Wisconsin Democrats Salivating Over Ron Johnson’s US Senate Seat
The 2022 field is poised to become the largest in party history in what could be a rare open seat race in the Badger State
Another Democrat with political bona fides has jumped into Wisconsin’s U.S. Senate race with three-term state Senator Chris Larson officially declaring his candidacy on Wednesday.
Larson is one of three Wisconsin officeholders who are vying to take on incumbent Republican Ron Johnson (who has yet to declare his 2022 plans) along with Treasurer Sarah Godlewski and Outagamie County Executive Tom Nelson.
Wausau radiologist Gillian Battino launched her campaign earlier this month joining Milwaukee Bucks senior vice president Alex Lasry as the two political newcomers in the field for a total of five officially announced candidates.
Earlier this week, Millennial Action Project founder and CEO Steven Olikara launched an exploratory bid for the office, but has not declared his candidacy.
If each of the declared candidates remain in the race through next August’s primary, it will tie the record for the largest Democratic field in a Wisconsin U.S. Senate race.
Over the 39 election cycles since the first direct U.S. Senate primary in 1914, the Wisconsin Democratic Party has put forth five candidates to the voters for their party’s nomination on three previous occasions.
In 1934’s election to challenge Progressive Robert La Follette, Jr., state Superintendent of Public Instruction John Callahan defeated former Governor Francis McGovern by 4.7 points in the primary with just 29.1 percent of the vote.
That contest ranks as the second closest Democratic U.S. Senate primary in state history behind former Attorney General Thomas Fairchild’s 1.6-point win over soon-to-be U.S. Representative Henry Reuss in 1952.
All five candidates in the 1934 primary received double-digit support with Milwaukee attorney Charles Hammersley receiving 19.1 percent, state Senator William Carroll of Prairie Du Chien winning 14.5 percent, and Sheboygan resident and national committeewoman Gertrude Bowler in fifth with 12.9 percent.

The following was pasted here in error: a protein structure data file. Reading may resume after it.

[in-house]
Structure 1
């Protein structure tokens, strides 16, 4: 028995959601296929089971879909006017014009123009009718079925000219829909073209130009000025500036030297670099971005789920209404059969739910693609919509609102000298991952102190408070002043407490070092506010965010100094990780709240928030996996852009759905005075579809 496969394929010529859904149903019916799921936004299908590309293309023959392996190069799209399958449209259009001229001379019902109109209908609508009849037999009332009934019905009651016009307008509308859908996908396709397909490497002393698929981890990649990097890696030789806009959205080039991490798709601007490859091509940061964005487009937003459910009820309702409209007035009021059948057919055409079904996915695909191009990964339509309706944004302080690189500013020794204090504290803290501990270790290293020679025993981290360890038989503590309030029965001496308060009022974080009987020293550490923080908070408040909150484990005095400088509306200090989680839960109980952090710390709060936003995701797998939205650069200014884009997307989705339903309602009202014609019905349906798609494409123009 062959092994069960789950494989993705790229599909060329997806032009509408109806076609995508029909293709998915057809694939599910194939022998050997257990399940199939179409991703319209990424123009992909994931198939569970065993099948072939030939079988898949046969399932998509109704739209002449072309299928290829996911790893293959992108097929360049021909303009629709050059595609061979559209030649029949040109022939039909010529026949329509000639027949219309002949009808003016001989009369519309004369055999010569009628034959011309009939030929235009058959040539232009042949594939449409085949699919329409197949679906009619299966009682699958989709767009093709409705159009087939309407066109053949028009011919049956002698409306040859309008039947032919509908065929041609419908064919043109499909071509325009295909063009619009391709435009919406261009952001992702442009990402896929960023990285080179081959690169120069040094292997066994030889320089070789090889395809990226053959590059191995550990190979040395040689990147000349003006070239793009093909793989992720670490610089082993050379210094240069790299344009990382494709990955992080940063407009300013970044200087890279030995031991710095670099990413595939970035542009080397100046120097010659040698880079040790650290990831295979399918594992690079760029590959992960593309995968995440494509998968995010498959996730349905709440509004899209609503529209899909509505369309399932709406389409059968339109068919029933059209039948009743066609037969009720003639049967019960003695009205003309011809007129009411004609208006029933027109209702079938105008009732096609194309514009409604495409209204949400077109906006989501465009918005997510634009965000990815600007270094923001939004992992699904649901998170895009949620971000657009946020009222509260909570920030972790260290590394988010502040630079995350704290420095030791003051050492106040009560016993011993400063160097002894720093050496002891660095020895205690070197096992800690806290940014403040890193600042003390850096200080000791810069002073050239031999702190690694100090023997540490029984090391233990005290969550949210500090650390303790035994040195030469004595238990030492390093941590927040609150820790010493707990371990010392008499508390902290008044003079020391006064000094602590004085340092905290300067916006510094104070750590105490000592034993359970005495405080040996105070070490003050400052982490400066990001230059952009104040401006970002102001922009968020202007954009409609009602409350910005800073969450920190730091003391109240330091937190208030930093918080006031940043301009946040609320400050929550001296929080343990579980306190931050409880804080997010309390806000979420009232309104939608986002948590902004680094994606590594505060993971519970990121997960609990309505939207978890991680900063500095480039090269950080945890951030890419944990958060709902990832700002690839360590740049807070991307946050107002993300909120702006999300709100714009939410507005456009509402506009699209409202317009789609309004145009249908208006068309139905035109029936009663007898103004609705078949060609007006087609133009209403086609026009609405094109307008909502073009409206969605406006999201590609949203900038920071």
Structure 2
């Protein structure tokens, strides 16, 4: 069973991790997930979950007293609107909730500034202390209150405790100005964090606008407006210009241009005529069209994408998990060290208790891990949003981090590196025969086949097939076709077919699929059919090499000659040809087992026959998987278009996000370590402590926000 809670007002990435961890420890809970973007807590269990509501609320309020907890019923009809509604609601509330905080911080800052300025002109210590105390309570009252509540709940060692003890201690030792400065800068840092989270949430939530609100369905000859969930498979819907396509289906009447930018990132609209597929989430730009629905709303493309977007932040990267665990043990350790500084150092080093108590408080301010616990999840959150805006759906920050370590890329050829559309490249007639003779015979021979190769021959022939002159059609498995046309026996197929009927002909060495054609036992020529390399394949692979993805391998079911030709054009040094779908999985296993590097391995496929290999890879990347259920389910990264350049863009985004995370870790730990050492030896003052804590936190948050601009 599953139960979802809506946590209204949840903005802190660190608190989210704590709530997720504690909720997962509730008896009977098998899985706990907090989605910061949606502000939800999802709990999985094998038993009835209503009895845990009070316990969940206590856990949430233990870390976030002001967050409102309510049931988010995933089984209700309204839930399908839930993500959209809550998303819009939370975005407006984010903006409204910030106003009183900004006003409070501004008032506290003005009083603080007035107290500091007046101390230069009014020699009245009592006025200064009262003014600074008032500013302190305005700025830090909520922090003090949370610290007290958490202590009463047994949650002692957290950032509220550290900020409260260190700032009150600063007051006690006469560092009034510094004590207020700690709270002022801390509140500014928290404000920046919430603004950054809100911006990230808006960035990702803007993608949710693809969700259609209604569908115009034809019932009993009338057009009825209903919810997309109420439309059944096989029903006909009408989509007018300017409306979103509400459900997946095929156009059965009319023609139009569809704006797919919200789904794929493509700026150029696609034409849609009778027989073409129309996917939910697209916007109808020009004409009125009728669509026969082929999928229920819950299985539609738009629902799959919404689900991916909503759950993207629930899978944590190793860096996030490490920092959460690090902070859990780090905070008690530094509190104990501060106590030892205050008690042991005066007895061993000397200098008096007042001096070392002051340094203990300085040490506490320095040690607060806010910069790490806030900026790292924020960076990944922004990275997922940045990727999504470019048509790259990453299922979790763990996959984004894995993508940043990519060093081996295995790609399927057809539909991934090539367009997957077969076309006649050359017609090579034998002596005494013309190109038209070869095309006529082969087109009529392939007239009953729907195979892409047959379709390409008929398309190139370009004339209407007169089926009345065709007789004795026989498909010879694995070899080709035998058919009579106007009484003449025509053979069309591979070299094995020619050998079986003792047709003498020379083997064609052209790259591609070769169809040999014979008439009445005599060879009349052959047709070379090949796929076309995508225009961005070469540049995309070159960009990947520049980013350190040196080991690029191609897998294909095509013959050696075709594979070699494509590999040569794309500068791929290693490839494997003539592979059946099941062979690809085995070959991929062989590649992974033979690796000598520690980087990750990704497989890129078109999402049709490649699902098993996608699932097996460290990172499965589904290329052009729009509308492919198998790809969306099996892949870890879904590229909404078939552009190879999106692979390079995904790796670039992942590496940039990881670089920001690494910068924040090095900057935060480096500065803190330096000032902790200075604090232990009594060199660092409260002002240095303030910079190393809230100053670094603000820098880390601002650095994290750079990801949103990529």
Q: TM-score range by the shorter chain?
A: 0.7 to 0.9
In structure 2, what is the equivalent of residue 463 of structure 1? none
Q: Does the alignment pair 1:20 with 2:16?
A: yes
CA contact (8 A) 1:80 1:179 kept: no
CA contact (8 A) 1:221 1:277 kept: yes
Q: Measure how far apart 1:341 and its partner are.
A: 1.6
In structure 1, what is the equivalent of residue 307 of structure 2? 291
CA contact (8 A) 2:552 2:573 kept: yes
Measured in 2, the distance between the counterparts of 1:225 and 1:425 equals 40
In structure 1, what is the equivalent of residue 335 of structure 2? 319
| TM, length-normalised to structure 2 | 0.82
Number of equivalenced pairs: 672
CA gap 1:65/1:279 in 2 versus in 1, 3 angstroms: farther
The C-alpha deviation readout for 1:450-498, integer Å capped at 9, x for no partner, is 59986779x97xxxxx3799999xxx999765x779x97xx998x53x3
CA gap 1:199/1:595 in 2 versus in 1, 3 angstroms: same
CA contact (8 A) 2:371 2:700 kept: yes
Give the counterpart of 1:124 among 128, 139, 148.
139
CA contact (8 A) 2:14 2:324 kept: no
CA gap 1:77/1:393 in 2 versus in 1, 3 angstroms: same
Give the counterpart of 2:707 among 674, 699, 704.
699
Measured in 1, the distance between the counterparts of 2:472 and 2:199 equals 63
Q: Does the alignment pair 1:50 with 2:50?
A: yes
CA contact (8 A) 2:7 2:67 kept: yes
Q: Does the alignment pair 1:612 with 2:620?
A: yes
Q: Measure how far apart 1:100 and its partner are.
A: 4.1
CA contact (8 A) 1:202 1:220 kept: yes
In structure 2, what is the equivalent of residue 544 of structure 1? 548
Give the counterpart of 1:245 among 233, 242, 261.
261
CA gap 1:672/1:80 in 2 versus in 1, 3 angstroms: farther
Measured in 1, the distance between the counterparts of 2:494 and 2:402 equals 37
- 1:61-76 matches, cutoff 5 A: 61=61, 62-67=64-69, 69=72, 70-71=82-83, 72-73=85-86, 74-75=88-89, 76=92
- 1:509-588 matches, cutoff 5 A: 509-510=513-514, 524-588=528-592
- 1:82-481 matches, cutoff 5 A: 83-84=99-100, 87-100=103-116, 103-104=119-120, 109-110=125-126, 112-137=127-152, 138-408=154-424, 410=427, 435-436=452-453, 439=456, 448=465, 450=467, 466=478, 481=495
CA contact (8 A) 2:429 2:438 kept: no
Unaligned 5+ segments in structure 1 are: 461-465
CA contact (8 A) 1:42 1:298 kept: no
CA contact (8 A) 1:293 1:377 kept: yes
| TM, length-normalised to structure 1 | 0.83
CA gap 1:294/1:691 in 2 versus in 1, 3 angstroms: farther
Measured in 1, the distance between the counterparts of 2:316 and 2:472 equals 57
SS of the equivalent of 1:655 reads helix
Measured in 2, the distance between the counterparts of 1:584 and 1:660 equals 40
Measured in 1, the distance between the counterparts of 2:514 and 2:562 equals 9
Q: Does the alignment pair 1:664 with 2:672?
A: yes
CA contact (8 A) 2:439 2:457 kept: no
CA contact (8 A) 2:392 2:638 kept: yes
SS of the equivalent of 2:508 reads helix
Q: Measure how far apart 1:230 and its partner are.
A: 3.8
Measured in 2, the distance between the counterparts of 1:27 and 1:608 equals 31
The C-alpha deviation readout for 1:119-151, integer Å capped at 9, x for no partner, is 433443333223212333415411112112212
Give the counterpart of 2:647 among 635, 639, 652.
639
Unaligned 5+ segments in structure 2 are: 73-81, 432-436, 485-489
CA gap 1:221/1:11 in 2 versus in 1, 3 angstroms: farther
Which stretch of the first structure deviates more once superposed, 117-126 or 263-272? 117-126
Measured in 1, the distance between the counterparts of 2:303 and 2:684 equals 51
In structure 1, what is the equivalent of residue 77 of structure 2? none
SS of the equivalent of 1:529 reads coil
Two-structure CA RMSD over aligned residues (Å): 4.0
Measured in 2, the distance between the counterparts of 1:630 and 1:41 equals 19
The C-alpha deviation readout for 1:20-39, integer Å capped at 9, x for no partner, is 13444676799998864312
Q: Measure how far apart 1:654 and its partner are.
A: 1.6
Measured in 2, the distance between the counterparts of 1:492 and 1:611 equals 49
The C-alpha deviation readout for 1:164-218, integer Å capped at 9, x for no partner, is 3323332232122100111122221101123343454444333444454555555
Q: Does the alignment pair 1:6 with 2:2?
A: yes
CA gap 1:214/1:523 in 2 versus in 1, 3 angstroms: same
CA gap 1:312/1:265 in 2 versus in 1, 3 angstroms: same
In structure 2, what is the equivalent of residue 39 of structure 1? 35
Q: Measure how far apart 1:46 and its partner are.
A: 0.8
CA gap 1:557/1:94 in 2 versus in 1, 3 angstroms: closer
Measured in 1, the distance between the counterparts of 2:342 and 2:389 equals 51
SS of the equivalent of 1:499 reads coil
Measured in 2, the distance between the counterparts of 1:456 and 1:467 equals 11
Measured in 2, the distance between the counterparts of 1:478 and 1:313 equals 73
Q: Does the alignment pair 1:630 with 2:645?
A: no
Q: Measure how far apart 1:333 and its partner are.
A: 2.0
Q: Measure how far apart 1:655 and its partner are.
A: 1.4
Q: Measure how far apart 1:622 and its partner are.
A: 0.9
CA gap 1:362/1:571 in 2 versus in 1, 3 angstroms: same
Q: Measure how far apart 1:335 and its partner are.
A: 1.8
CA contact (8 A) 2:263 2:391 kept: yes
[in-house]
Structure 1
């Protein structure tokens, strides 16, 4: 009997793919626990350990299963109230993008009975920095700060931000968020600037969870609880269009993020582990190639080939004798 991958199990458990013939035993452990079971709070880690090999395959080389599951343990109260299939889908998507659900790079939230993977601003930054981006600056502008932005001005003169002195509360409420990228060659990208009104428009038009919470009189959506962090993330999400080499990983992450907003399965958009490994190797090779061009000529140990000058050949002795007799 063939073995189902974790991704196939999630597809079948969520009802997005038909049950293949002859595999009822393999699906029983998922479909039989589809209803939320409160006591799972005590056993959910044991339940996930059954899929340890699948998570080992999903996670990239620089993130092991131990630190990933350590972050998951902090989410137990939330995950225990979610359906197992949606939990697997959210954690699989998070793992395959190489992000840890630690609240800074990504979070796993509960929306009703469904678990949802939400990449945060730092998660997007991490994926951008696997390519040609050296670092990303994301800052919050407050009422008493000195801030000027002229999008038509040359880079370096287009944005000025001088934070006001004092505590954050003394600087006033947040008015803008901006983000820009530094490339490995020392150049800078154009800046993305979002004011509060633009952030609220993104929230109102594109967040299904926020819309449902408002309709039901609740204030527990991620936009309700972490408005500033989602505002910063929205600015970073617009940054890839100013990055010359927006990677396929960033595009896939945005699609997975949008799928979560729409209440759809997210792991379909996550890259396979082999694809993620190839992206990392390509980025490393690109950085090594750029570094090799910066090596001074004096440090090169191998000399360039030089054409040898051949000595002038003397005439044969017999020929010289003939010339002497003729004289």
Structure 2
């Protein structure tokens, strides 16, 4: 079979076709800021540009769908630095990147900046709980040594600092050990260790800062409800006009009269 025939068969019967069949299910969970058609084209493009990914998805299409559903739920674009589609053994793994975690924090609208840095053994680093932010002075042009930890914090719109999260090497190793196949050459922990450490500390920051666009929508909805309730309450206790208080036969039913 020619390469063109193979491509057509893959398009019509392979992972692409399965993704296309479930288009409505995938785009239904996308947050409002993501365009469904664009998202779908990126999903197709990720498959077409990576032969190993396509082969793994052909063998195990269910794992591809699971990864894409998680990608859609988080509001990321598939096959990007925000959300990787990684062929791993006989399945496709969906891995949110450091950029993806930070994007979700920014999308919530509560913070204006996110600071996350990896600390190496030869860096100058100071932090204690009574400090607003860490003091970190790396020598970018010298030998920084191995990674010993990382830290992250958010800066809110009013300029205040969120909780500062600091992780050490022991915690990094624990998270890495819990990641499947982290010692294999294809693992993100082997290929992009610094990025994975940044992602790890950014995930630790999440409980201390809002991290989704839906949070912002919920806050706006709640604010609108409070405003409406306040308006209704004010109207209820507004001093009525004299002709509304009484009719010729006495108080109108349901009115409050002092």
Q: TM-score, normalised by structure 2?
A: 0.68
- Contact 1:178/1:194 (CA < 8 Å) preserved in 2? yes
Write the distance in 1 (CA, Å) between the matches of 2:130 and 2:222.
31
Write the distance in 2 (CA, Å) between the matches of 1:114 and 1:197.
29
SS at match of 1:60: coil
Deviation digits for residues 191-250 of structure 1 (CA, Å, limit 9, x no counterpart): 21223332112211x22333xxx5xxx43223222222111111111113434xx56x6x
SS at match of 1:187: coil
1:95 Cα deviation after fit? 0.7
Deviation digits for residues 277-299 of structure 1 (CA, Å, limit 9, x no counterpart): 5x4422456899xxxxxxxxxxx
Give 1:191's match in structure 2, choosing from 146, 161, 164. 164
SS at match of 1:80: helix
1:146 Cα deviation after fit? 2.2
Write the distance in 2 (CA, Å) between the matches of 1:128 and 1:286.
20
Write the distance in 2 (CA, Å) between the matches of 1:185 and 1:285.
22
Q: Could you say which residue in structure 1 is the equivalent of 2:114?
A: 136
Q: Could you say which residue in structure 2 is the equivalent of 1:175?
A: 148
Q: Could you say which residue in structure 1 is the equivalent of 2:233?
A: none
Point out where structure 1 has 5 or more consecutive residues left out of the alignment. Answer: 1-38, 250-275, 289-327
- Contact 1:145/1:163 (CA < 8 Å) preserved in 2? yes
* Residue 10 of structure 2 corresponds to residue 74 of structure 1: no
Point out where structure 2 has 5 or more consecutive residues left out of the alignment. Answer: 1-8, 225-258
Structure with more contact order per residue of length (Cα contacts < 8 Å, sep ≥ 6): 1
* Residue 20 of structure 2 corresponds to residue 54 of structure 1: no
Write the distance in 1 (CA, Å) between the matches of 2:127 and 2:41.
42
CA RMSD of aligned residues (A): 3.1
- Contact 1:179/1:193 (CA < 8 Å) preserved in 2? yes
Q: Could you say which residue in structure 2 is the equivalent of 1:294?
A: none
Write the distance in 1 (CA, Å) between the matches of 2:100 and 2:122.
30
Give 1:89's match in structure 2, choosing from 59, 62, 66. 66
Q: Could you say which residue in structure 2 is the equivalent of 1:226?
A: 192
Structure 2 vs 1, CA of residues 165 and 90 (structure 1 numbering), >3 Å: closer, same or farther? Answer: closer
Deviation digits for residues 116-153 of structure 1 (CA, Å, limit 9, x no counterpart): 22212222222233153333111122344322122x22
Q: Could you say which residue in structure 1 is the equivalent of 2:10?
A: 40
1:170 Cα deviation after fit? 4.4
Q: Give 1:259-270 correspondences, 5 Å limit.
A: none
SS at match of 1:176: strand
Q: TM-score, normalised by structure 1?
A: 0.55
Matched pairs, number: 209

In 1988’s open seat race, Milwaukee Bucks owner Herb Kohl led the five-candidate field with 46.8 percent in the Democratic primary – 8.6 points ahead of former Governor Tony Earl.
Former Deputy Attorney General and 1986 U.S. Senate nominee Ed Garvey was third with 10.4 percent, Secretary of State Doug La Follette fourth with 3.7 percent, and Sheboygan tire business owner and perennial candidate Edmond Hou-Seye in fifth with 1.0 percent.
Five candidates also squared off for the Democratic nomination in 1992 for the right to face Bob Kasten, with state Senator Russ Feingold easily cruising to a 55.6-point victory over U.S. Representative Jim Moody with 69.7 percent of the primary vote.
Millionaire and medical building builder Joseph Checota was third with 13.6 percent, Kiel Mayor Thomas Keller fourth with 1.6 percent, and Hou-Seye in fifth again with 1.0 percent.
If Senator Johnson does retire from his seat next year, it will mark a rare U.S. Senate election in Wisconsin without an incumbent on the ballot.
Incumbents have run for reelection in 33 of 36 general elections in the Badger State dating back to 1914 (91.7 percent).
The only open seats came from the retirements of Republican Isaac Stephenson in 1914, Democrat William Proxmire in 1988, and Democrat Herb Kohl in 2012.
Three other Wisconsin U.S. Senators died requiring special elections in 1918 (Democrat Paul Husting), 1925 (Robert LaFollette, Sr.), and 1957 (Joe McCarthy).
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“Posted in ‘Governorships’ …” Why?
Two out of 3 specials resulted in partisan flips, with the most consequential being that of the win by R Irvine Lenroot in 1918; such minute yet momentous change also occurred in 2001 (Jim Jeffords, R to D Caucus), and may yet take place during the current congress!